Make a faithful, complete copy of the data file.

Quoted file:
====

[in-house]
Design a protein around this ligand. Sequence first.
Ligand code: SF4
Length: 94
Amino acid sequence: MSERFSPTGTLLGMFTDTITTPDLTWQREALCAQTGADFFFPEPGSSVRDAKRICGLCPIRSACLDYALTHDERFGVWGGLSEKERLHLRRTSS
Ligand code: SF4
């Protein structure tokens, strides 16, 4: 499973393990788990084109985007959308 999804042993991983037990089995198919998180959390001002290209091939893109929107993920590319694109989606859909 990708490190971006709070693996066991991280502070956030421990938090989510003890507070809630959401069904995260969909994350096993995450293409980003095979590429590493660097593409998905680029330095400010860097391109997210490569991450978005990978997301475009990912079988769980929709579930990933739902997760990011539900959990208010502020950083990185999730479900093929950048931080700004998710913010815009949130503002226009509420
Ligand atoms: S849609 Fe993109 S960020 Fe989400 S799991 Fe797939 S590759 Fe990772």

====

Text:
[in-house]
Design a protein around this ligand. Sequence first.
Ligand code: SF4
Length: 94
Amino acid sequence: MSERFSPTGTLLGMFTDTITTPDLTWQREALCAQTGADFFFPEPGSSVRDAKRICGLCPIRSACLDYALTHDERFGVWGGLSEKERLHLRRTSS
Ligand code: SF4
């Protein structure tokens, strides 16, 4: 499973393990788990084109985007959308 999804042993991983037990089995198919998180959390001002290209091939893109929107993920590319694109989606859909 990708490190971006709070693996066991991280502070956030421990938090989510003890507070809630959401069904995260969909994350096993995450293409980003095979590429590493660097593409998905680029330095400010860097391109997210490569991450978005990978997301475009990912079988769980929709579930990933739902997760990011539900959990208010502020950083990185999730479900093929950048931080700004998710913010815009949130503002226009509420
Ligand atoms: S849609 Fe993109 S960020 Fe989400 S799991 Fe797939 S590759 Fe990772």